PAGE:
Masters draws a picture around ‘conflict of interest’ issues and the new ARL Commission being at odds with Gallop’s position and wanting to stamp their authority. The story makes interesting reading – it is re-published below in the interests of League fans having full disclosure.
Out of favour, out of friends
| by Roy Masters – Rugby League Columnist | 9th June 2012 | Link to on-line story. |
The advent of the ARL Commission spelt the end for David Gallop, writes Roy Masters.
God so loved the world, he didn’t send a committee. He sent himself.
Deities don’t need committees and they don’t work in sport either, a religion in many secular countries, such as Australia.
Rugby league, the favourite winter sport of NSW and Queensland, is desperately in need of a messiah following the departure this week of the ARL Commission chief executive David Gallop.
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NRL. Grand Final 2011. Manly Sea Eagles vs New Zealand Warriors.ANZ Stadium.pic shows Brett Stewart having a long chat with David GallopSunday 2nd October, 2011SMH SPORT pics by anthony johnson
[Caption for photo – Tension … Manly’s Brett Stewart gave Gallop a piece of his mind after receiving his premiership medal last year. Gallop had him suspended for four games after the alleged sexual assault of a 17-year-old girl in 2009, and refused to apologise when Stewart was found not guilty. Photo: Anthony Johnson]
Gallop ruled the game for 11 years, often absolutely, because he was answerable to a moribund board divided between two groups that didn’t trust each other.
Rupert Murdoch’s News Ltd and the ARL, the governing body of the game for a century, were forced to unite at the end of the Super League war and the then 36-year-old Gallop, a former lawyer employed by News Ltd, became its chief executive early in 2002.
The News Ltd directors were too busy running a media empire and the ARL directors were too preoccupied with internecine squabbles between NSW and Queensland for Gallop to receive much direction.
[Caption for photo – CANBERRA – AUGUST 25: Bulldogs fans show off their feelings during the round 24 NRL match between the Canberra Raiders and the Bulldogs played at Canberra Stadium in Canberra, Australia on August 25, 2002. (Photo by Nick Wilson/Getty Images) Cheated … Bulldogs Fans reacted angrily after Gallop docked the Bulldogs 37 competition points and imposed a $500,000 fine in 2002 for the club’s $1 million salary cap breach. Instead of challenging for a premiership, the Bulldogs finished bottom of the ladder. Photo: Nick Wilson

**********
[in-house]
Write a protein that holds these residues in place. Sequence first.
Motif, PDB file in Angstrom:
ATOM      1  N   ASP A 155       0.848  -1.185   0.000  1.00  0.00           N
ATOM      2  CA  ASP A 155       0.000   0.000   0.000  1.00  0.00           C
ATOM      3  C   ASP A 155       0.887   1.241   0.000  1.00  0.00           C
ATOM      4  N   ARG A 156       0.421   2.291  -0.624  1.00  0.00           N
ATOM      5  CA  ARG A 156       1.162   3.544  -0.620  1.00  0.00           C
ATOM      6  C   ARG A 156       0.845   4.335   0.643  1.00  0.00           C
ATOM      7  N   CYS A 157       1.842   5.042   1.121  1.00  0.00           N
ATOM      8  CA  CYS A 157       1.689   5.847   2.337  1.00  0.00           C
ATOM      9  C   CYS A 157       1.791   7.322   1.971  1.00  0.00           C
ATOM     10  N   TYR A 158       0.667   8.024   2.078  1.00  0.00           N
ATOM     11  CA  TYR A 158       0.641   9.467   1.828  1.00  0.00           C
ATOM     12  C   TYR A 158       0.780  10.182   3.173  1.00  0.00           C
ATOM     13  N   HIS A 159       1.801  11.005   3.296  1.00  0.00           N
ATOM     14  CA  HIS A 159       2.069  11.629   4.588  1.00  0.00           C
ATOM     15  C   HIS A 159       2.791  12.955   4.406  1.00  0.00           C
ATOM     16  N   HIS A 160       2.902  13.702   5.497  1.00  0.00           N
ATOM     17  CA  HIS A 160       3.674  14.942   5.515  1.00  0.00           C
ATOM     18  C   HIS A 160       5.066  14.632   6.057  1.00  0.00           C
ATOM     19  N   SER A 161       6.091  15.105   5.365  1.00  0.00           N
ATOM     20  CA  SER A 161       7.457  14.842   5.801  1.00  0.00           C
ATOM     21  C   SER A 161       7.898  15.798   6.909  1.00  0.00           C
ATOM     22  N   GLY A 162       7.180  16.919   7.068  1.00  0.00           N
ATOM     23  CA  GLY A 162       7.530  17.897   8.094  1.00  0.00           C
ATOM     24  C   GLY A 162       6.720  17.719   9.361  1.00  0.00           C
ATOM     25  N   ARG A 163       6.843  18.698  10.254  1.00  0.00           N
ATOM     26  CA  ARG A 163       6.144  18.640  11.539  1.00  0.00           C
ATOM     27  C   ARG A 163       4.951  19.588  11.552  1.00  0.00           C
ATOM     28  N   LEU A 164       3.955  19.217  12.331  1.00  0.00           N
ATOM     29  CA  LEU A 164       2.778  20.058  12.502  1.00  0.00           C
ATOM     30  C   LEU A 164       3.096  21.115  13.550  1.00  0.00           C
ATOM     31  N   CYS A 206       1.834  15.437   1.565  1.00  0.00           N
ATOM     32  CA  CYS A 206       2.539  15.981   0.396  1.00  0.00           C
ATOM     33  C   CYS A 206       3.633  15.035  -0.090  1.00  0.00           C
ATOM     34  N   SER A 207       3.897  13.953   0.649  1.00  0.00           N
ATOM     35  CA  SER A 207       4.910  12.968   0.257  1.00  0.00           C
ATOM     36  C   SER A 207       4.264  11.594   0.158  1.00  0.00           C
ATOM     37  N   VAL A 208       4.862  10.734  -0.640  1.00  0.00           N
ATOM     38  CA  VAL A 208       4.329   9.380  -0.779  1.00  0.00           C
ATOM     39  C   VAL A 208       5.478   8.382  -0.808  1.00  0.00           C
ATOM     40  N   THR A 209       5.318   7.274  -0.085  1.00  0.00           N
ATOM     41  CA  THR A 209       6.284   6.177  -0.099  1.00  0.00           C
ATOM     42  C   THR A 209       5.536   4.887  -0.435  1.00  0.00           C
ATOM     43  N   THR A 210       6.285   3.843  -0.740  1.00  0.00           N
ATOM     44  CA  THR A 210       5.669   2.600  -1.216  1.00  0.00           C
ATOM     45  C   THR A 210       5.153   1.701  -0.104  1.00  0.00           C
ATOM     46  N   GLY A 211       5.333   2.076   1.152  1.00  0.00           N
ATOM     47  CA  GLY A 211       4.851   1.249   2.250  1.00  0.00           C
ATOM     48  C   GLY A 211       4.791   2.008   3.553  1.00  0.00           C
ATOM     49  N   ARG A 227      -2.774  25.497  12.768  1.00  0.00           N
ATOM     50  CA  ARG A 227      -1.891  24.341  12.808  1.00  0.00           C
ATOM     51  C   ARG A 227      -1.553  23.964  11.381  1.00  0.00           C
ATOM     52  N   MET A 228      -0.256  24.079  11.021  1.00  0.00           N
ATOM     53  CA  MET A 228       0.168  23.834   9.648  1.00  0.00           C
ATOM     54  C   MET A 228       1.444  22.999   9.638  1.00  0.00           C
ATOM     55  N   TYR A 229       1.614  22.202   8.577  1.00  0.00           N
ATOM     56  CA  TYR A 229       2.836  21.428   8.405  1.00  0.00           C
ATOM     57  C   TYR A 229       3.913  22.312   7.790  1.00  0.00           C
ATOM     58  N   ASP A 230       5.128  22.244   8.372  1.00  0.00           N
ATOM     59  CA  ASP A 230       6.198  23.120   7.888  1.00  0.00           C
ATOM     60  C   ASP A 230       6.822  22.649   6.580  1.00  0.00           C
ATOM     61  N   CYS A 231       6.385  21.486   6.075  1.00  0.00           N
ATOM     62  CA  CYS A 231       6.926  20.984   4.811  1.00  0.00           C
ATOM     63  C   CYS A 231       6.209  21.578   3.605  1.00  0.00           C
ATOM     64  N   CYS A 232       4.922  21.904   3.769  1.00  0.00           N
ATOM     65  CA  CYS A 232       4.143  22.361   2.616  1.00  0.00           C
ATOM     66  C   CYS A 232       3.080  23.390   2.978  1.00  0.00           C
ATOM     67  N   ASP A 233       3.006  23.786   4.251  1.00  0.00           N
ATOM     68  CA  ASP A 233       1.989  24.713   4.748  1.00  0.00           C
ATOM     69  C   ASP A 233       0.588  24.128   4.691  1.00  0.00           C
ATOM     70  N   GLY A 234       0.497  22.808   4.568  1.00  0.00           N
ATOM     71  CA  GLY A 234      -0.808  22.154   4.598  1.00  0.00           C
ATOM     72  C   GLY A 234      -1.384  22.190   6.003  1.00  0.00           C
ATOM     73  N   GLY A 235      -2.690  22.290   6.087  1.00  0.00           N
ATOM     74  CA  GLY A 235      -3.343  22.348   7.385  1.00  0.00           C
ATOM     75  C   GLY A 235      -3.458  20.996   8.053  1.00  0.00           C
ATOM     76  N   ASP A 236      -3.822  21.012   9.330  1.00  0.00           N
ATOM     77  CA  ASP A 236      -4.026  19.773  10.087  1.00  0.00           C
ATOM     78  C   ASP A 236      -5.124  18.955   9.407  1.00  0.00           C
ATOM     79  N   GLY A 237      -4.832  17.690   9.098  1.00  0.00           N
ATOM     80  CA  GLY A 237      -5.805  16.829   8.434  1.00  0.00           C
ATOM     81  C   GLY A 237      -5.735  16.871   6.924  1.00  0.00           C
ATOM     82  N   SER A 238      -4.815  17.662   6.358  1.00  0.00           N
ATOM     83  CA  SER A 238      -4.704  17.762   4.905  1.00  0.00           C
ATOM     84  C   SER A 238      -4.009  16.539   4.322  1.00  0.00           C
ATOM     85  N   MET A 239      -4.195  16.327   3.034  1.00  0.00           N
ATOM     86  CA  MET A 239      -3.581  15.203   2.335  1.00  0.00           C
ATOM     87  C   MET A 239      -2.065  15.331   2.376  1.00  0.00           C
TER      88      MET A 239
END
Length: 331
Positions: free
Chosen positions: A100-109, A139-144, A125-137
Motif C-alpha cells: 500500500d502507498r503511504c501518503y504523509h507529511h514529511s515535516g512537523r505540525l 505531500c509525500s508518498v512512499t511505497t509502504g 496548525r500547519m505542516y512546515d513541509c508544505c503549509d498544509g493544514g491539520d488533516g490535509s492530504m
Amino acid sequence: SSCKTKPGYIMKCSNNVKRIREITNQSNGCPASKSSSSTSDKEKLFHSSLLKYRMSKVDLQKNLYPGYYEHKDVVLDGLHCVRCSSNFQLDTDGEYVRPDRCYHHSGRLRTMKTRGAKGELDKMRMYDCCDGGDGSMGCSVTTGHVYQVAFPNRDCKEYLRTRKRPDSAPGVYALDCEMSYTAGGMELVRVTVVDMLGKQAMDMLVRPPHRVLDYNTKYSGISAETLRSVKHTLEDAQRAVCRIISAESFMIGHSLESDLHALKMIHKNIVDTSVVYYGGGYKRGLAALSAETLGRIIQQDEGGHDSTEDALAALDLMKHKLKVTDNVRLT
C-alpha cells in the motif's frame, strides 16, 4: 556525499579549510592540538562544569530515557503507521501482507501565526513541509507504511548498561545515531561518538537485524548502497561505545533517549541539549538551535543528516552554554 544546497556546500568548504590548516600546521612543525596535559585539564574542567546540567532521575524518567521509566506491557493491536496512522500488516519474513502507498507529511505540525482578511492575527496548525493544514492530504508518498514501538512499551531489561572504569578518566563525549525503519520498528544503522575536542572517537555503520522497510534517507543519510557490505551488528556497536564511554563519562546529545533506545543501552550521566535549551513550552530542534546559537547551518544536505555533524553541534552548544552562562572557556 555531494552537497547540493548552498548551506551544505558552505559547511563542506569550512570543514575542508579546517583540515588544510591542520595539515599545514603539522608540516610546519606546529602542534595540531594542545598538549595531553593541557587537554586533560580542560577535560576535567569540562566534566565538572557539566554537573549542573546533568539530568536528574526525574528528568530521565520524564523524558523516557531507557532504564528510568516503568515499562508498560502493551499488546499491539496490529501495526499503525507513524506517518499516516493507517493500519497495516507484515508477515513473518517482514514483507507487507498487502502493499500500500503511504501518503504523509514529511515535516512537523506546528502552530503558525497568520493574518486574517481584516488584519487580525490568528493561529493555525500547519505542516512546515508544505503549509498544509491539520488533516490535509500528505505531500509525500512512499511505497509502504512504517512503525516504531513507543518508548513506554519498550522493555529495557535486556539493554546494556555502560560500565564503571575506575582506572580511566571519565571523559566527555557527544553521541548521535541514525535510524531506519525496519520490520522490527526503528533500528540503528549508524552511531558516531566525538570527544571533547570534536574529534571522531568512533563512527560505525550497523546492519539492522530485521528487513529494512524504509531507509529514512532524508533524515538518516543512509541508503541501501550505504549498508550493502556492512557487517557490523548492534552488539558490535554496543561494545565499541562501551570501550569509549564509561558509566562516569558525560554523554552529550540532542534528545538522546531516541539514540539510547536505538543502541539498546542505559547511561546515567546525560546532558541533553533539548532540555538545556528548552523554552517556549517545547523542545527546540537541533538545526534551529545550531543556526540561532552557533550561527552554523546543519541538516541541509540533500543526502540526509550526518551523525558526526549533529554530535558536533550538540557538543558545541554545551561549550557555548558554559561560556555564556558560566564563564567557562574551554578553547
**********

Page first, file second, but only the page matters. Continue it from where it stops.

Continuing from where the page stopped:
So he (Gallop) grew in the job, disqualifying salary cap cheats the Bulldogs and Storm from finals football; fining the Bulldogs $150,000 for failing to behave ”in a way which protected the game’s image” following accusations of sexual assault, despite charges later being dropped; deregistering Todd Carney for a year for serial misbehaviour; suspending Manly’s Brett Stewart for four weeks and dumping him as the face of the game after he was accused of sexually assaulting a 17-year-old girl, and then refusing to apologise when the fullback was acquitted of the charges.
When News Ltd finally left the game early this year, the first condition of their departure was that Gallop be appointed as chief executive of the new governing body for four years. The ARL agreed. Maybe they knew the new rulers, an independent commission of eight directors, needed some corporate history at the top.
The deep divisions between News Ltd and the ARL, festering suspicion between the states and distrust among the 16 NRL clubs meant that all parties agreed the new commission could not have anyone who had any ties to the code in the previous three years. In short, all the quality committee candidates were disqualified.
Gallop inherited two immediate problems: a board with no recent administrative experience in rugby league and the lingering suspicion that News Ltd had installed their man to do their bidding, particularly to protect their interests in Foxtel and Fox Sports where they hold management rights.